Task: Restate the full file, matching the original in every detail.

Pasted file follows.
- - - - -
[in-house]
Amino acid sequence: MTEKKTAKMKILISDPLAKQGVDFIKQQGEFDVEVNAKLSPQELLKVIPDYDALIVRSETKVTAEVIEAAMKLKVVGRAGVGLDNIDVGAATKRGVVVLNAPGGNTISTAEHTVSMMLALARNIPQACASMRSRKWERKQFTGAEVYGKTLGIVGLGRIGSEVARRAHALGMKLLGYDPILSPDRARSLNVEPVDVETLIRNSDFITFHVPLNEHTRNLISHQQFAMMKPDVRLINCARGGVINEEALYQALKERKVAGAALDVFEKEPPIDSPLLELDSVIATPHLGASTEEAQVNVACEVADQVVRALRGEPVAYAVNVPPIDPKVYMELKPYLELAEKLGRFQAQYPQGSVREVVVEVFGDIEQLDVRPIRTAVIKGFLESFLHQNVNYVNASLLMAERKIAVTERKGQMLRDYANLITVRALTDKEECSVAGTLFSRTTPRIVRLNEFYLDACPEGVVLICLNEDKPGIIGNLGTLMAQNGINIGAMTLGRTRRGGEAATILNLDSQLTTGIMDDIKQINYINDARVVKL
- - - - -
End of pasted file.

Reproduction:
[in-house]
Amino acid sequence: MTEKKTAKMKILISDPLAKQGVDFIKQQGEFDVEVNAKLSPQELLKVIPDYDALIVRSETKVTAEVIEAAMKLKVVGRAGVGLDNIDVGAATKRGVVVLNAPGGNTISTAEHTVSMMLALARNIPQACASMRSRKWERKQFTGAEVYGKTLGIVGLGRIGSEVARRAHALGMKLLGYDPILSPDRARSLNVEPVDVETLIRNSDFITFHVPLNEHTRNLISHQQFAMMKPDVRLINCARGGVINEEALYQALKERKVAGAALDVFEKEPPIDSPLLELDSVIATPHLGASTEEAQVNVACEVADQVVRALRGEPVAYAVNVPPIDPKVYMELKPYLELAEKLGRFQAQYPQGSVREVVVEVFGDIEQLDVRPIRTAVIKGFLESFLHQNVNYVNASLLMAERKIAVTERKGQMLRDYANLITVRALTDKEECSVAGTLFSRTTPRIVRLNEFYLDACPEGVVLICLNEDKPGIIGNLGTLMAQNGINIGAMTLGRTRRGGEAATILNLDSQLTTGIMDDIKQINYINDARVVKL